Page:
Knowing how to get help when you need it is important, but more often we find ourselves in the position of the bystander rather than the victim. The next time you see someone in a crowd who looks like they may be in need of help, but no one seems to be helping them, say no to the bystander effect and respond as if you were alone with the victim.
As a final note -- diffusion of responsibility has consequences beyond times of crisis. You may witness this effect in action any time you are part of a group where no one is being held personally accountable for group outcomes. For example, when all of the employees in a large company are asked to help pay for a farewell gift for a coworker by putting a dollar in an envelope in the lunch room, the larger the company, the less likely it is that any one person will actually put in their dollar. Instilling a sense of responsibility in people, such as asking people to write their name on a list when they've put in their dollar, is also effective for getting help in these types of situations.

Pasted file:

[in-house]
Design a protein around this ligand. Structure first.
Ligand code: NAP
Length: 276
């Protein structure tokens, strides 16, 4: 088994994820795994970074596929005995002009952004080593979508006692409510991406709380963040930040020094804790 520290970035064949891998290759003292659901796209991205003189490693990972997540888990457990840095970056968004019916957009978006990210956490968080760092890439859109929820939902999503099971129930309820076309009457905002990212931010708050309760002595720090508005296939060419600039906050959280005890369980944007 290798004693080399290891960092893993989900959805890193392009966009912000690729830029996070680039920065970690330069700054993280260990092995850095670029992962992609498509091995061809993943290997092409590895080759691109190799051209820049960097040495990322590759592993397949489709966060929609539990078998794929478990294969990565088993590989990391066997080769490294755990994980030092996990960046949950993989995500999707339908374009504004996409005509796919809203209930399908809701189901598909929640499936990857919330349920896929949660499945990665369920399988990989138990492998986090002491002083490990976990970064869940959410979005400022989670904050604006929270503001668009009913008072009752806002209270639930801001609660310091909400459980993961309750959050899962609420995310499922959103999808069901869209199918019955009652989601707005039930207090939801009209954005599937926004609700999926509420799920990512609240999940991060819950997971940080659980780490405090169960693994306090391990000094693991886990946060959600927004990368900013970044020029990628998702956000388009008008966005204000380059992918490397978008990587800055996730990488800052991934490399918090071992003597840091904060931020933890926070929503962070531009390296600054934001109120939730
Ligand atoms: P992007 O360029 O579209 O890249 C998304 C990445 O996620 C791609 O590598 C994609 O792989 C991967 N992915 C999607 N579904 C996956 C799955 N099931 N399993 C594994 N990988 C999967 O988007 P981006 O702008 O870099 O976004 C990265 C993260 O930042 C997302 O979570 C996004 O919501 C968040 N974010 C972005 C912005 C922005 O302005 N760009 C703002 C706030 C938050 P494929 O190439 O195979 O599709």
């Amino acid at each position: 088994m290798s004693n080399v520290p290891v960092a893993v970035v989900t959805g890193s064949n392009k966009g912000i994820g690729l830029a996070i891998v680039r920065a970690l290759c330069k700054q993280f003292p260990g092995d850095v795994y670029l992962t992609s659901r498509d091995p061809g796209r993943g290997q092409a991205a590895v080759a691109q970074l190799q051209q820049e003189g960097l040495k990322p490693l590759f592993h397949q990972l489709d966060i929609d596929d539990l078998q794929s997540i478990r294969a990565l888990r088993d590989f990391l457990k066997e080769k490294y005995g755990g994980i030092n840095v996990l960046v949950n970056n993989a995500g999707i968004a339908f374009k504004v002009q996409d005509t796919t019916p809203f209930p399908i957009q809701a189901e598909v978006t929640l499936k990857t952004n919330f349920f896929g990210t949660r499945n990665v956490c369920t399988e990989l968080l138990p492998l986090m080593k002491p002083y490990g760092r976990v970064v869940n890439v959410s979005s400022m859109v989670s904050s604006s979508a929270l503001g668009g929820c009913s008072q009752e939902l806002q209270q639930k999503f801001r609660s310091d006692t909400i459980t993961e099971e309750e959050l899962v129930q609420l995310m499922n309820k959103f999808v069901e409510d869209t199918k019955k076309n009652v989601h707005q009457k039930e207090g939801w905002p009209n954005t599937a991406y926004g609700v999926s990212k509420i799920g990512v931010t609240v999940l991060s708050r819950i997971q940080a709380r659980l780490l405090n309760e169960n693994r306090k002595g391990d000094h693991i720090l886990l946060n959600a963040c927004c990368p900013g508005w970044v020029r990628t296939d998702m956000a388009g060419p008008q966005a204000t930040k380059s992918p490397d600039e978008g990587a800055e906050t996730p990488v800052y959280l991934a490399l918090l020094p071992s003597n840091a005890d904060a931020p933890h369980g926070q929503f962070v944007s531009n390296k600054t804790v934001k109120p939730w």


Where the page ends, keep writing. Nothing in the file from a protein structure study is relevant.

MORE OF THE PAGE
Have you ever been in this type of situation, either as the victim or the bystander? Was there a large crowd around?